I shouldn’t be here. Not sat at this desk typing the words, ‘I shouldn’t be here’. Where I should be is 300 miles away stuck in traffic rubbernecking Stonehenge on the A303. I shouldn’t have slept at all last night. Instead I should have been packing wet-wipes, waterproofs and Wellingtons into a well-worn backpack at 3am.
Tonight when I’m masochistically watching The Apprentice and mustering up the energy to give a solitary shit whether Team Prolapse or Team Dildo wins the challenge to cup Alan Sugar’s balls for half an hour, my body will be firmly on my couch but my mind will be walking up the Stone Circle, arms around my closest friends, trying not to look back at the festival in all its splendour until we reach the summit.
I shouldn’t be here. I should be at Glastonbury.
It’d be easy to blame Bono. It’s easy to blame Bono for a lot of things, but it’s particularly easy to blame him for ruining my weekend. Yet in this instance it wouldn’t be fair.
What seems like a long, long time ago in a mindset – far, far away, back when the Glastonbury 2011 tickets first went on sale – myself and my nearest and dearest, were far too lackadaisical about this year’s greatest weekend.
From our first eye-opening trip in 2002 right up to last year’s lovingly laid-back 2010 (with the exception of the 2006 fallow year) we’d centre our lives around the Worthy Farm experience. In the case of two of my regular companions, this was literally the case as they’d fit their TEFAL careers around the final weekend in June. Nothing seemed as important as making sure we were all together for the five longest days of the year.
And despite some ups and downs in both morale and the vibe of the festival (it has a dangerous habit of shifting with the weather and the headliners) every year we were glad that we made the epic journey. We were glad we got sunstroke and glad we got mudsoaked.
In years when it looked like we might not make it, like life as seen through the eyes of Jeff Goldblum, we found a way. In 2004, having missed out on the ticket rush I scoured the internet to see if the Cinema field needed assistance. Months later I was projecting The Goonies to 30 odd thousand people. Life will find a way.
This same year another of our good friends, Steve, sans ticket, managed to enter the festival using little more than a smile, a pair of puppy dog eyes and a healthy dose of Jedi mind control. I should add at this time that Steve is also convinced there is a tree that overhangs the giant fence, perfect for illegal entry. While we have yet to see this tree, I like to think he’s hanging from it as we speak.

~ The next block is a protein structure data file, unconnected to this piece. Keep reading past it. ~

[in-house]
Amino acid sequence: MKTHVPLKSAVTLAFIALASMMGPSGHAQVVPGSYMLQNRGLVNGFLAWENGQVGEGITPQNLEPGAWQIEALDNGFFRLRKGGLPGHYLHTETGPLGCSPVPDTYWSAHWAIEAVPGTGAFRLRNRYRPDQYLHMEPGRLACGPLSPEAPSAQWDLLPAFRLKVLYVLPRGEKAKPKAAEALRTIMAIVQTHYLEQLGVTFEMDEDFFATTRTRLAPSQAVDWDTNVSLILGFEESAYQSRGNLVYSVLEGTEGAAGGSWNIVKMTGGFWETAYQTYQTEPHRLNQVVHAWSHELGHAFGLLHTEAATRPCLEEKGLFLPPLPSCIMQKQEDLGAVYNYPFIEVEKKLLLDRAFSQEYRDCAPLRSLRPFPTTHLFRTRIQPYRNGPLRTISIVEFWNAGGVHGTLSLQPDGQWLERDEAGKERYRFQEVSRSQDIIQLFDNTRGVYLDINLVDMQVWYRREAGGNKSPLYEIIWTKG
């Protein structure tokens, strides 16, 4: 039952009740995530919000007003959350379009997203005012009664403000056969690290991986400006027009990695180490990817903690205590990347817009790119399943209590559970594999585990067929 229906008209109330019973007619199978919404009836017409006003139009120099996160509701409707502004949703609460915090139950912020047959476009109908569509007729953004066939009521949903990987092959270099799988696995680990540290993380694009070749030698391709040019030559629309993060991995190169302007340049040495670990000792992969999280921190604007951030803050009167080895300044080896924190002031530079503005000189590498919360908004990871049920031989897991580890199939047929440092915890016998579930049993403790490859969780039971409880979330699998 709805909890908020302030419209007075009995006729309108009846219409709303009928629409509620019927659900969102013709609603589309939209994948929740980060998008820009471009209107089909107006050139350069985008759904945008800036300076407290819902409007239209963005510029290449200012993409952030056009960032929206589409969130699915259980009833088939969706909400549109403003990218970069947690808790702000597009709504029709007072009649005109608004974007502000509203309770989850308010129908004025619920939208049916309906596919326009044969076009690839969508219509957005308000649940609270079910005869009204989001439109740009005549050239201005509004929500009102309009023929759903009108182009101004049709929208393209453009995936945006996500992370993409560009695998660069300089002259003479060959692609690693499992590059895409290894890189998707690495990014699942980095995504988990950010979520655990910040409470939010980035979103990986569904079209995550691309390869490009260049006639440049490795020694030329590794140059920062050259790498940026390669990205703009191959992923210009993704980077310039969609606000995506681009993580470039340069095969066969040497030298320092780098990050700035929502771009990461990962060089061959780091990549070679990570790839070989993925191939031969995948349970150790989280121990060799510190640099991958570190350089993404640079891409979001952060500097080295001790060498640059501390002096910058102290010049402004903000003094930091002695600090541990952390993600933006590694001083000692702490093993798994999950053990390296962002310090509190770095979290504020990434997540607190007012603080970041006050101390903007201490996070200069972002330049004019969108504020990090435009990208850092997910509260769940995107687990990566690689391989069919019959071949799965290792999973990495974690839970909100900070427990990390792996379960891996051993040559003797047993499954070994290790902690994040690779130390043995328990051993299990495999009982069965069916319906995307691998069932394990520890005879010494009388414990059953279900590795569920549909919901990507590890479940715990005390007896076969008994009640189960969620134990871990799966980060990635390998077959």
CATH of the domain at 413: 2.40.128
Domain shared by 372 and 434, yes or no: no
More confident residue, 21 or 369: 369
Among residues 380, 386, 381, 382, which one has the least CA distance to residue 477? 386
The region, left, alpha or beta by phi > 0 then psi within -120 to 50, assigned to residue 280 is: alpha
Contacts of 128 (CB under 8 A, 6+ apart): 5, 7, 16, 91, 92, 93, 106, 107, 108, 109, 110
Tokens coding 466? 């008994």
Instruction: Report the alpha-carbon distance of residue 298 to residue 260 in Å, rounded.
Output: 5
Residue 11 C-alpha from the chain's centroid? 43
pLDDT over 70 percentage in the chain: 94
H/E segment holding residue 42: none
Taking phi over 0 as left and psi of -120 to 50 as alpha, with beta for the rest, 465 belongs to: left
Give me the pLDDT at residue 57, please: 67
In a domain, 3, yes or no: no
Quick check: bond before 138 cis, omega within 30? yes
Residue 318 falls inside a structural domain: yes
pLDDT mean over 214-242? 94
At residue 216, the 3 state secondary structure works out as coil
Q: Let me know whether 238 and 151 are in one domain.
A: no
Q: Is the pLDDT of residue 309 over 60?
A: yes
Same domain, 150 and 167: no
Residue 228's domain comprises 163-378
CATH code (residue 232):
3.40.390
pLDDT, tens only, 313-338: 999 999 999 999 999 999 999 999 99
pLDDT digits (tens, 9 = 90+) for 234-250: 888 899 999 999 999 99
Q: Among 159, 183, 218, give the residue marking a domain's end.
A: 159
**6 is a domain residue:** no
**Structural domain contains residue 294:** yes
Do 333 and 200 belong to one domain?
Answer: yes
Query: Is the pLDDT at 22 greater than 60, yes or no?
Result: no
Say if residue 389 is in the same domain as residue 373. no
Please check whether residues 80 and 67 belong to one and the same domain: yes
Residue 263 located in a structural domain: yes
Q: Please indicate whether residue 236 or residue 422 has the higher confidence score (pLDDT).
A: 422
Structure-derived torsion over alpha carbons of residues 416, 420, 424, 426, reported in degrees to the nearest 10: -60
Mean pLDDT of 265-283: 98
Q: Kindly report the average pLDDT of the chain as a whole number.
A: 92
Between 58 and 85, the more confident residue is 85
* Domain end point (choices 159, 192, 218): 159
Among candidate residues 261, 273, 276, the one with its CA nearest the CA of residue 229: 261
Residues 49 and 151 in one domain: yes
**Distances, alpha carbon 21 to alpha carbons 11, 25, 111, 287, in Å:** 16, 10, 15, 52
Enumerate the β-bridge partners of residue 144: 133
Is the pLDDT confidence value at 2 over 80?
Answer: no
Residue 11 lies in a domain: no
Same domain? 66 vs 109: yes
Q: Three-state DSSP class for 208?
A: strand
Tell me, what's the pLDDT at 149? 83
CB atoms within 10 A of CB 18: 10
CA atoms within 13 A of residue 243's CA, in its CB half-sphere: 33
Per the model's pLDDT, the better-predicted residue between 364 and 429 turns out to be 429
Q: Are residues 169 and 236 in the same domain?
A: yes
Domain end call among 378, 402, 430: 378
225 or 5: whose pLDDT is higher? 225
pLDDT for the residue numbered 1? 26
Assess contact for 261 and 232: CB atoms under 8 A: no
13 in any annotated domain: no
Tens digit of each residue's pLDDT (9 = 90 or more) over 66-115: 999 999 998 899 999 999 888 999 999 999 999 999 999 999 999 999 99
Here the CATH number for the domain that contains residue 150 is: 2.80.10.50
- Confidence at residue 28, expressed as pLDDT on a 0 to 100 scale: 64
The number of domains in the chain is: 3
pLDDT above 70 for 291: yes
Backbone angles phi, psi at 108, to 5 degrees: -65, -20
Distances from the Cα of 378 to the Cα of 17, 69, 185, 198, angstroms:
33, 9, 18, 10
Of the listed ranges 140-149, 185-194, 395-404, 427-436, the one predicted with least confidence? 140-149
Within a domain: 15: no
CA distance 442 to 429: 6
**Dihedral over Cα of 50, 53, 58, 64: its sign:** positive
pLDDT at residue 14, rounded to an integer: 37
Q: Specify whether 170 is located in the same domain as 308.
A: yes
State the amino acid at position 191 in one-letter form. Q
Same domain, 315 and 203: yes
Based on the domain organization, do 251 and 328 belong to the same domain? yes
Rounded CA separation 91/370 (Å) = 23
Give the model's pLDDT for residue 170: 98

With so many happy memories, and such a love for the people and places of Pilton, why the hell are we not sitting just outside of Frome? I’m reluctant to admit that part of it stems from a misplaced desire to embrace the end of my arrested development. I’m not the only one that’s had to chew my lip as sceptics have informed us that “We’ll grow out of it one day” and for a moment or two it appeared they were right.
But as I flick through the NME site as photos of the farm pop up like memories of a deceased pet and I fill up at the merest glimpse of Thom or Jarvis cavorting around the Pyramid Stage on BBC4, I realise the extent of my folly and cry: “If growing up means missing this, then call me Peter Pan”.
And it’s then that the realisation dawns that the justification of ‘the headliners are all shite’ is as hollow as Kevin Bacon in the film Hollow Man.
It matters as much that U2 are playing in one area of the field as it does that JLS are playing the O2 while Bright Eyes play Brixton Academy. If the Irish penii aren’t your cup of tea then walk for ten minutes and watch Primal Scream or run over to DJ Shadow or, and I can’t recommend this enough, go hunt down a man to throw rice at you to the delicate strains of ‘Smells Like Teen Spirit’.
But alas, all I’m doing is making myself more depressed. Short of a Lotto win tonight or a personal invitation for me and 5 friends to stay at the behest of Emily and Michael, the year of our Lord 2011 will be as Glasto free for me and mine as 2012 will be for all.
So those that are going, enjoy yourselves. The experience can’t be summed up in words typed from a laptop. But perhaps this, as told by Emily Eavis to NME yesterday, comes closest to showing why so many of us care so much about being a part of it…
“My dad fell asleep on a train the other day and woke up with a note in front of him. There was no sign of its author – it just said, ‘Thanks for bringing so much happiness into people’s lives.’ It means a lot to Michael after over 40 years.”
Roll on 2013.
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